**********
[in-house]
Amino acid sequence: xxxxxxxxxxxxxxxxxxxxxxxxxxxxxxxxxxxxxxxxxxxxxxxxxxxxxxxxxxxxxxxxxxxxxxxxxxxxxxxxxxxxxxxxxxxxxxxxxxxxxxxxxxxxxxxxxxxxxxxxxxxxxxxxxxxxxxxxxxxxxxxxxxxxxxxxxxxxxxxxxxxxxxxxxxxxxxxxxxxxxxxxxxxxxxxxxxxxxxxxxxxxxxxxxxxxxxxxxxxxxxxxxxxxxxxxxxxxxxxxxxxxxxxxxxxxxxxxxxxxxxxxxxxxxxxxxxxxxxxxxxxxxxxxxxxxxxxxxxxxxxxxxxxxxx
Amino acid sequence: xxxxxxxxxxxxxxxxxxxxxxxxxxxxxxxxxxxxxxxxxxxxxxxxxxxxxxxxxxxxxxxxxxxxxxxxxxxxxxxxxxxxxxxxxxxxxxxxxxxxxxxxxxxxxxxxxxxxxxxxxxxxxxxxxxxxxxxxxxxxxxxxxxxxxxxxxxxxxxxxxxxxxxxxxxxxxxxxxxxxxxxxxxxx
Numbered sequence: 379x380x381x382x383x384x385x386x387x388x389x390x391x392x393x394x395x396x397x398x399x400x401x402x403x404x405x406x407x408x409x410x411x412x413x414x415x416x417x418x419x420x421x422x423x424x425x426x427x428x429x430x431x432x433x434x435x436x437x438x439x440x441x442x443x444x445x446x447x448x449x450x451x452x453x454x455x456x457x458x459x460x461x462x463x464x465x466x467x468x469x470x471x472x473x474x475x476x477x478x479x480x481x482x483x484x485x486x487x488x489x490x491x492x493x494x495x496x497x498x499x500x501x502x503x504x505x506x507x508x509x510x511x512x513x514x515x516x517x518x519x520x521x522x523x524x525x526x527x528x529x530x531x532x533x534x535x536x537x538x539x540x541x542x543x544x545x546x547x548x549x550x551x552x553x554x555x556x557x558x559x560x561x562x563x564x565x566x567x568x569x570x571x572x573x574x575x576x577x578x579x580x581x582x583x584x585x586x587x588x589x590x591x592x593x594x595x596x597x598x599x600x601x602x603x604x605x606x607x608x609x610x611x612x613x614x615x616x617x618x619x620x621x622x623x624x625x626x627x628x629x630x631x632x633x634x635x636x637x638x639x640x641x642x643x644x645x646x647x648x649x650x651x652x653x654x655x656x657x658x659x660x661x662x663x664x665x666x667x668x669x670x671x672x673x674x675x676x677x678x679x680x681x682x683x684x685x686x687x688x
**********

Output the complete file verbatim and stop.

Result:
[in-house]
Amino acid sequence: xxxxxxxxxxxxxxxxxxxxxxxxxxxxxxxxxxxxxxxxxxxxxxxxxxxxxxxxxxxxxxxxxxxxxxxxxxxxxxxxxxxxxxxxxxxxxxxxxxxxxxxxxxxxxxxxxxxxxxxxxxxxxxxxxxxxxxxxxxxxxxxxxxxxxxxxxxxxxxxxxxxxxxxxxxxxxxxxxxxxxxxxxxxxxxxxxxxxxxxxxxxxxxxxxxxxxxxxxxxxxxxxxxxxxxxxxxxxxxxxxxxxxxxxxxxxxxxxxxxxxxxxxxxxxxxxxxxxxxxxxxxxxxxxxxxxxxxxxxxxxxxxxxxxxx
Amino acid sequence: xxxxxxxxxxxxxxxxxxxxxxxxxxxxxxxxxxxxxxxxxxxxxxxxxxxxxxxxxxxxxxxxxxxxxxxxxxxxxxxxxxxxxxxxxxxxxxxxxxxxxxxxxxxxxxxxxxxxxxxxxxxxxxxxxxxxxxxxxxxxxxxxxxxxxxxxxxxxxxxxxxxxxxxxxxxxxxxxxxxxxxxxxxxx
Numbered sequence: 379x380x381x382x383x384x385x386x387x388x389x390x391x392x393x394x395x396x397x398x399x400x401x402x403x404x405x406x407x408x409x410x411x412x413x414x415x416x417x418x419x420x421x422x423x424x425x426x427x428x429x430x431x432x433x434x435x436x437x438x439x440x441x442x443x444x445x446x447x448x449x450x451x452x453x454x455x456x457x458x459x460x461x462x463x464x465x466x467x468x469x470x471x472x473x474x475x476x477x478x479x480x481x482x483x484x485x486x487x488x489x490x491x492x493x494x495x496x497x498x499x500x501x502x503x504x505x506x507x508x509x510x511x512x513x514x515x516x517x518x519x520x521x522x523x524x525x526x527x528x529x530x531x532x533x534x535x536x537x538x539x540x541x542x543x544x545x546x547x548x549x550x551x552x553x554x555x556x557x558x559x560x561x562x563x564x565x566x567x568x569x570x571x572x573x574x575x576x577x578x579x580x581x582x583x584x585x586x587x588x589x590x591x592x593x594x595x596x597x598x599x600x601x602x603x604x605x606x607x608x609x610x611x612x613x614x615x616x617x618x619x620x621x622x623x624x625x626x627x628x629x630x631x632x633x634x635x636x637x638x639x640x641x642x643x644x645x646x647x648x649x650x651x652x653x654x655x656x657x658x659x660x661x662x663x664x665x666x667x668x669x670x671x672x673x674x675x676x677x678x679x680x681x682x683x684x685x686x687x688x